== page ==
Yesterday, I drove to Amherst, MA to pay a shiva (condolence) call at the home of Leah's mom. Neither Leah nor her mom are Jewish, but Leah had met a rabbi at hospice and when he explained the meaning and purpose of the 7-day mourning ritual, Leah was all in. It was her final and wonderful gift to those who loved her.
As I mentioned several posts back, I never met Leah in person. I didn't know her mom either. But something compelled me to make the journey. On the drive there I thought about what I might say to the strangers I was about to meet. I couldn't think of much. I was too sad. When I arrived, the narrow wooded drive was chock full of cars. I entered the house and explained who I was to the woman I somehow sensed was Leah's mother. She seemed shocked at first. It was a rather complex and long-winded introduction, but she realized who I was and welcomed me with open arms. She immediately introduced me to her partner, Leah's other mom. They made me feel right at home.
After about 30 minutes, Leah's moms stood up and thanked us all for coming, explaining the concept of shiva, and how Leah had organized the event with the help of Rabbi Charlie. Then they asked anyone who cared to to share something about Leah. Turns out many of the people in the room didn't know Leah; they were there for the women who stayed at her beside 24 hours a day for two weeks until Leah found peace. After 4 or 5 people spoke, her mom nodded toward me. The reason I'd gone to Amherst became clear.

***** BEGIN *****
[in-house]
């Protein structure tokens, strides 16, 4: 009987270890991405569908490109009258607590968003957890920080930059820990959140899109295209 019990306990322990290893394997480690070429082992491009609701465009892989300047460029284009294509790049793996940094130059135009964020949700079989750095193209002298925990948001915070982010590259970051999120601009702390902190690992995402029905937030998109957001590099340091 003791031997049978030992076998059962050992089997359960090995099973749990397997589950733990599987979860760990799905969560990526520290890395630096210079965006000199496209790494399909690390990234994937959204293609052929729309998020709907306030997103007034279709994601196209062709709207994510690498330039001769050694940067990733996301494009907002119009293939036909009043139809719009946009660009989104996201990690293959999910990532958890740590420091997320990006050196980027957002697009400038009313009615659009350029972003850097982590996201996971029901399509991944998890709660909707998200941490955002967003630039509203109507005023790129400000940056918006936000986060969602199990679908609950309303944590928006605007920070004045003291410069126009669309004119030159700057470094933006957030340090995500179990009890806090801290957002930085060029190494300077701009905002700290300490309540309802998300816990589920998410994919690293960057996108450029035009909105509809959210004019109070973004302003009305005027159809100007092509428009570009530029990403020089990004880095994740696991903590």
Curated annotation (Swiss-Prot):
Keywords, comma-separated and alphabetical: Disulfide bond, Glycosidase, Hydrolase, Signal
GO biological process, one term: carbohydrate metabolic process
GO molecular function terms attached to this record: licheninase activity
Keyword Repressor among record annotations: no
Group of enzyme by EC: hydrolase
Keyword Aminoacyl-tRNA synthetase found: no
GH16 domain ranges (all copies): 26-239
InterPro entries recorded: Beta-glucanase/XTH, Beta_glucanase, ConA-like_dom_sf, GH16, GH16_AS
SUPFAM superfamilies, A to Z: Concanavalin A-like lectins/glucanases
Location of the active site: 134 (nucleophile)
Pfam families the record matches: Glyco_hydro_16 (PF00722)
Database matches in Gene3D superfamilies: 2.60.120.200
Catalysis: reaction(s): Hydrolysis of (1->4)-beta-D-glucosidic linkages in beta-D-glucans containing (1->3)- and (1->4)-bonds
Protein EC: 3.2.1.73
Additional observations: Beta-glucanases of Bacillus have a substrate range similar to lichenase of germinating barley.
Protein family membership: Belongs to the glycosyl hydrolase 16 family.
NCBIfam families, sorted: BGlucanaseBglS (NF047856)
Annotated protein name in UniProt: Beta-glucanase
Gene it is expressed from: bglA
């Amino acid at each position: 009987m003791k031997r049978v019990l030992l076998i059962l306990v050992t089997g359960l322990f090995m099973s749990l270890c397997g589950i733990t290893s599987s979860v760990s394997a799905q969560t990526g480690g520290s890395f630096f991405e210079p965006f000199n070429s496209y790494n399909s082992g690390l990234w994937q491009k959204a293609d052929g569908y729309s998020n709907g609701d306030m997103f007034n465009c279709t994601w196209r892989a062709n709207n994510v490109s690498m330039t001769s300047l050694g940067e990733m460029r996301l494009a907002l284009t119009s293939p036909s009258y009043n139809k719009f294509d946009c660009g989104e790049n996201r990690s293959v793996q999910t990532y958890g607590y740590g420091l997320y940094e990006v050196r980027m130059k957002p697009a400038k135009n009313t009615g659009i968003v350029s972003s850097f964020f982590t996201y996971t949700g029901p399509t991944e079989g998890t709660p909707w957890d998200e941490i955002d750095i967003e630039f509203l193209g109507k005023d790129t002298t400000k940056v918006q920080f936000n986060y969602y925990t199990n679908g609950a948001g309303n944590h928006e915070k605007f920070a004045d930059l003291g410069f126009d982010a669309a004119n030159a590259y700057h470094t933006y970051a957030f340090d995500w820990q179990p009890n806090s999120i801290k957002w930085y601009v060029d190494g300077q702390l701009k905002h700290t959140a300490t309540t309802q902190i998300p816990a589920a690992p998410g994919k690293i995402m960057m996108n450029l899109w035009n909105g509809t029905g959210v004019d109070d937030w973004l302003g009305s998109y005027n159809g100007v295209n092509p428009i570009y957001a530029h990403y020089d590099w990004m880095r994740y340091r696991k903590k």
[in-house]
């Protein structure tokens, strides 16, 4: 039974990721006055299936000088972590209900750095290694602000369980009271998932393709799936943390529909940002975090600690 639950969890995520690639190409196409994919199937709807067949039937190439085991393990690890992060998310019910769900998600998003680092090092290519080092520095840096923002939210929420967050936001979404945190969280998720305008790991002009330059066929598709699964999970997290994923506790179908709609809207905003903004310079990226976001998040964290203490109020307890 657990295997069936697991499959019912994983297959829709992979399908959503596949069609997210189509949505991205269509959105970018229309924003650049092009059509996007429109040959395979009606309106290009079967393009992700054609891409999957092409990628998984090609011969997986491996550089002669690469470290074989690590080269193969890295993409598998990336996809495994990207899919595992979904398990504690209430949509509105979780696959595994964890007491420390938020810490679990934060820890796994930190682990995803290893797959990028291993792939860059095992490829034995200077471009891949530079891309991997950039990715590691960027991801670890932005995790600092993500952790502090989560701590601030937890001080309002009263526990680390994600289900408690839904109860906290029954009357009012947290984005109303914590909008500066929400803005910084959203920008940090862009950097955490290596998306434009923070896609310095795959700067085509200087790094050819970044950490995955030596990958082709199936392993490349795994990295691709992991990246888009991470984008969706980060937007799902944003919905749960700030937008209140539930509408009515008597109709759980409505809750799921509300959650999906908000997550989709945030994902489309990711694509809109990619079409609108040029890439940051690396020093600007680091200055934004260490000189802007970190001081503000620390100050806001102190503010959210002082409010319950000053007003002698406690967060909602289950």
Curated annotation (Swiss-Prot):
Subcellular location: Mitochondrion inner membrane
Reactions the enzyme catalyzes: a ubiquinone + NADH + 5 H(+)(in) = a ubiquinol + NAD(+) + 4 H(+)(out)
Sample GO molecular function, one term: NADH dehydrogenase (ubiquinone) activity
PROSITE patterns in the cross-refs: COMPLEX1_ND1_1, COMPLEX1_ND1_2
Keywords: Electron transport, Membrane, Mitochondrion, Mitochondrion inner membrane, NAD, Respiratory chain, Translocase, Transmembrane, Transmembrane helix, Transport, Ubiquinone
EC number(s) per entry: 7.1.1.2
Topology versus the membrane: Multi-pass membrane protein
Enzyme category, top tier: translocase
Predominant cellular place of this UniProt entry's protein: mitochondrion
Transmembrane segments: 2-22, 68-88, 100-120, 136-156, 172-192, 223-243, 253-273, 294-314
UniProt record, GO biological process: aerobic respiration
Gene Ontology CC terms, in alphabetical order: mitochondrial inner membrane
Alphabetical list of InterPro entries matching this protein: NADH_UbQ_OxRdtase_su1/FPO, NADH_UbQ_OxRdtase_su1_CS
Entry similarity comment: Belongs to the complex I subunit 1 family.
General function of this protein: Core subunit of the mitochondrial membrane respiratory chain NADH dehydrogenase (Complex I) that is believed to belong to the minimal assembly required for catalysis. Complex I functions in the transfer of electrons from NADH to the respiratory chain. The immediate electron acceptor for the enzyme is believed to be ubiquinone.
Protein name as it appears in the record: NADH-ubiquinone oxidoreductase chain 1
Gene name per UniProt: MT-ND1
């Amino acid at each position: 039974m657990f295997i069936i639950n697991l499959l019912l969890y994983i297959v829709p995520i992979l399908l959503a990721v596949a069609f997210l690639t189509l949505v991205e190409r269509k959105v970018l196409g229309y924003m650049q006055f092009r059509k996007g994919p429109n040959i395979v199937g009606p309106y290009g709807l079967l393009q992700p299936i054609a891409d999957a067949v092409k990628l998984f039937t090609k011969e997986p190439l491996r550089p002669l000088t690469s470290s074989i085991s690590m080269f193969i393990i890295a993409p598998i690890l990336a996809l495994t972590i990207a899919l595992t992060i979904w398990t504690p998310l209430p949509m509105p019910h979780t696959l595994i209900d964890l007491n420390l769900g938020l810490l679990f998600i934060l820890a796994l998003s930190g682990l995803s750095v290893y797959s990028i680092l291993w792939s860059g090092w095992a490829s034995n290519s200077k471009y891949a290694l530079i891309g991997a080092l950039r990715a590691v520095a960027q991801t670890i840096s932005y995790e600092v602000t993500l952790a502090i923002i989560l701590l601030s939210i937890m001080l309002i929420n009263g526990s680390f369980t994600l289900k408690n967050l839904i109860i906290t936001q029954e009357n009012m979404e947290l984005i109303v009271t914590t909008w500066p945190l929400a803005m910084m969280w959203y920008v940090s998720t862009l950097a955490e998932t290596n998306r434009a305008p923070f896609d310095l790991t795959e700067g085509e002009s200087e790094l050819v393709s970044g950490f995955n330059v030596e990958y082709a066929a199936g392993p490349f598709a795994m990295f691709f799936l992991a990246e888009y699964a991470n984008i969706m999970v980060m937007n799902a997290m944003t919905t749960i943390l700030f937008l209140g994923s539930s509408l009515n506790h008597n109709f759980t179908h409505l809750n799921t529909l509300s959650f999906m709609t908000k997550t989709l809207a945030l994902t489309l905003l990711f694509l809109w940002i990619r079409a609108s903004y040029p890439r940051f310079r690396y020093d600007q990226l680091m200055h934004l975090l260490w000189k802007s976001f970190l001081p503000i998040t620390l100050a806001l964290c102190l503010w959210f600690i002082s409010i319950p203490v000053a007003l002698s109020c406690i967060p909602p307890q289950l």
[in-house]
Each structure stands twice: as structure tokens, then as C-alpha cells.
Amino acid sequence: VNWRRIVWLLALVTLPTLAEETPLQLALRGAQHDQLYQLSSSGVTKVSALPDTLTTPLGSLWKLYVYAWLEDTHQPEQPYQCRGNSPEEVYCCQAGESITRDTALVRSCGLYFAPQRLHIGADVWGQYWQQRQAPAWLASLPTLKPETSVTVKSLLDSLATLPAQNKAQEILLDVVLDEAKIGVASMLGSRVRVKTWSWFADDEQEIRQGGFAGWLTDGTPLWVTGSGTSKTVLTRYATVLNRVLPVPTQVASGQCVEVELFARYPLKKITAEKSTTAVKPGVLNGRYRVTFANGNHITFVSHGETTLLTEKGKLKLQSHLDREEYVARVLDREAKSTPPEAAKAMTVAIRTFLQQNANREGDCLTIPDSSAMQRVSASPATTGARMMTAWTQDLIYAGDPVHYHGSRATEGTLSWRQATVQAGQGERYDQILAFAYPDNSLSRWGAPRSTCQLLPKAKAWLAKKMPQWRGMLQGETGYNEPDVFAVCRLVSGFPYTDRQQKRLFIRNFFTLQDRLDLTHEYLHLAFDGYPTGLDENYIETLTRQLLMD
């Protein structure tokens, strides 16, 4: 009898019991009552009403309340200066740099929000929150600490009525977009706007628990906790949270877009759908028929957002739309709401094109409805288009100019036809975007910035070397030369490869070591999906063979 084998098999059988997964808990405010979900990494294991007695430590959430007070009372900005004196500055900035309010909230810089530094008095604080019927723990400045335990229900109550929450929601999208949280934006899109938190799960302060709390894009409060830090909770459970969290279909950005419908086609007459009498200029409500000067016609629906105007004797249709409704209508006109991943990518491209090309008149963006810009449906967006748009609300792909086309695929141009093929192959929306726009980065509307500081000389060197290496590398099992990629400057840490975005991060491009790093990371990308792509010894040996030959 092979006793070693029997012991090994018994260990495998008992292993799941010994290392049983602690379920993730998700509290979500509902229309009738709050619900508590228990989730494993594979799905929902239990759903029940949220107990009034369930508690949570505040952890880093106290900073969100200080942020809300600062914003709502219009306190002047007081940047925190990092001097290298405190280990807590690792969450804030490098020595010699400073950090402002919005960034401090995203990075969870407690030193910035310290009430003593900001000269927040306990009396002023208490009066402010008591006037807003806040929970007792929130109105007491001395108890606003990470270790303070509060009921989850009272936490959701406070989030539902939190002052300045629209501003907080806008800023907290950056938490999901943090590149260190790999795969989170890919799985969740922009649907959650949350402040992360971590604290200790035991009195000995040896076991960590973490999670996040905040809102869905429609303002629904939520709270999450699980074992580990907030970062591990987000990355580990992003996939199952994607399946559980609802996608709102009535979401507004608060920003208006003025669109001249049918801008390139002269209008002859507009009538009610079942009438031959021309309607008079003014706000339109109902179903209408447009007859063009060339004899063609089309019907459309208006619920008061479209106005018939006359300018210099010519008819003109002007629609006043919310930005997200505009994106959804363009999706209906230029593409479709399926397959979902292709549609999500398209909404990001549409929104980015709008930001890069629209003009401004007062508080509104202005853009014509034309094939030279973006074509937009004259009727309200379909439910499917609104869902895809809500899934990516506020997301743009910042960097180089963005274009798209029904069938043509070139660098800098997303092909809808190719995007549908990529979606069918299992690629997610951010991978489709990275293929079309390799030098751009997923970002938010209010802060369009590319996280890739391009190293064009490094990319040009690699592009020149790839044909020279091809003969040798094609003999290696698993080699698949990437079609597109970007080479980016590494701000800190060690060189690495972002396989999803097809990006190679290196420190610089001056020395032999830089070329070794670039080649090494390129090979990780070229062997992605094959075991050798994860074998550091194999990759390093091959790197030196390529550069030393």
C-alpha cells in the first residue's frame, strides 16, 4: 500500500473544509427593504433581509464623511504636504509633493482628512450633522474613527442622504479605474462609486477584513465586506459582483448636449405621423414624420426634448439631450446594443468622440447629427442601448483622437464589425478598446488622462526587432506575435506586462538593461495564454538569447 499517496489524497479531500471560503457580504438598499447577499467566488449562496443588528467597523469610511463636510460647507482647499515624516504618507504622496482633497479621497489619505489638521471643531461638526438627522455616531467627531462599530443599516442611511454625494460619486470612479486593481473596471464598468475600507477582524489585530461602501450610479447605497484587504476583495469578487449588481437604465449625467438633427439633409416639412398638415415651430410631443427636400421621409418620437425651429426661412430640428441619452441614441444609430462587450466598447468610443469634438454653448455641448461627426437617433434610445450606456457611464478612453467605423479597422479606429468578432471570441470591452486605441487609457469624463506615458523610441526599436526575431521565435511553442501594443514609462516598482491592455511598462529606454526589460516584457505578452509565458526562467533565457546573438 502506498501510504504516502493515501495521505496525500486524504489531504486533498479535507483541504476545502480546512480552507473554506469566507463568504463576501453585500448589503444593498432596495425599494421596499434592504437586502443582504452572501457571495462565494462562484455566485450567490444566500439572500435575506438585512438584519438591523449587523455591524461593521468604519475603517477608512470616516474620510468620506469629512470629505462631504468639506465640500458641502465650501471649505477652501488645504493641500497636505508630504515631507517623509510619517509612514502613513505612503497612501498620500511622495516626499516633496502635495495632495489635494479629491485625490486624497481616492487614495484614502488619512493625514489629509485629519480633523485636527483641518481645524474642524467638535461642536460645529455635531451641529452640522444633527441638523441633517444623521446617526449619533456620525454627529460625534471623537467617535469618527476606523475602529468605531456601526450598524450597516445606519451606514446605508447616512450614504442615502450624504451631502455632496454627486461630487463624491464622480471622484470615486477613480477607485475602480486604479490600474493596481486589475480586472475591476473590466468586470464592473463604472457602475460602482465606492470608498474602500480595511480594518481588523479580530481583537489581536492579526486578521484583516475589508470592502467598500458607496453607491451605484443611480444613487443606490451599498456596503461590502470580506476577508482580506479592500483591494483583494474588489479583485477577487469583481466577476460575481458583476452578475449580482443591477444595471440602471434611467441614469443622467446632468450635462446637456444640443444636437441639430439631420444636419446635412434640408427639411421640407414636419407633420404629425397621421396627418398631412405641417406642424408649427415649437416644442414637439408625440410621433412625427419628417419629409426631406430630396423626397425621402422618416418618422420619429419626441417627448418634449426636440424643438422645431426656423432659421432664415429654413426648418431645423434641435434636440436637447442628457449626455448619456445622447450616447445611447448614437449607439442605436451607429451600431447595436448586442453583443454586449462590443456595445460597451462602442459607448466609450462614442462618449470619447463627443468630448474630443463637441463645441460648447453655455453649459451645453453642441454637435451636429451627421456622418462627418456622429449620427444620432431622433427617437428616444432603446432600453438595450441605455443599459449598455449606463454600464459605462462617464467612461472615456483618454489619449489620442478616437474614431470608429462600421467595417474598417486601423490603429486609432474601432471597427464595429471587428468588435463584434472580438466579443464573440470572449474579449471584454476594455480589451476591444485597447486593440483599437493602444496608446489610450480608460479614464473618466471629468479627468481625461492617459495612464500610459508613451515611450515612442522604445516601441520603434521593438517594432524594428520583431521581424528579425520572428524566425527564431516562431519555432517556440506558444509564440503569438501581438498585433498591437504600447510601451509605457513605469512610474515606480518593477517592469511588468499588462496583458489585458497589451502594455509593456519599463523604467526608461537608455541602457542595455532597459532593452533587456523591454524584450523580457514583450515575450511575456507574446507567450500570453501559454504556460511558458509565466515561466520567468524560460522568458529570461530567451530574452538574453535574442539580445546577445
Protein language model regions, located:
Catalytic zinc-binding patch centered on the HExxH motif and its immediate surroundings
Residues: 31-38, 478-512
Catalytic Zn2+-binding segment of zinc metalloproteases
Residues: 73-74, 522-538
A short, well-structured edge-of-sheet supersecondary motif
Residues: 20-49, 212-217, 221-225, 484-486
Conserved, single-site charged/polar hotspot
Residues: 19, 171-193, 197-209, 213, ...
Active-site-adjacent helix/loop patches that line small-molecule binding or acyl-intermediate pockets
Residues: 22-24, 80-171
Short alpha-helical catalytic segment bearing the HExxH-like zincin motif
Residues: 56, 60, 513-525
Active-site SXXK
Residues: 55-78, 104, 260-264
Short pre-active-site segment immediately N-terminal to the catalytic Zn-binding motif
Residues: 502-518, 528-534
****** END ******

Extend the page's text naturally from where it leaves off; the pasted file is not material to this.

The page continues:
I spoke about meeting Leah on line on the LLS Discussion Boards. I described our improbable cyber friendship. I talked about Leahness, about her strength, her sense of humor, her generosity. The Leah I knew from on line posts and emails was the same woman the others had described. I'd been lucky to have experienced the essence of Leah. It was wonderful to be able to take part in this remembrance of a one-of-a-kind woman. Leukemia, I hate you.
I left behind an envelope filled with tributes to Leah from the LLS Discussion Boards, along with many messages of condolence. As I left her moms' house, I felt cheated and blessed. Cheated that my relationship with Leah was over, that someone I would have liked to have known better was gone. Blessed that I knew her at all, and was able to share the little I knew with those she left behind.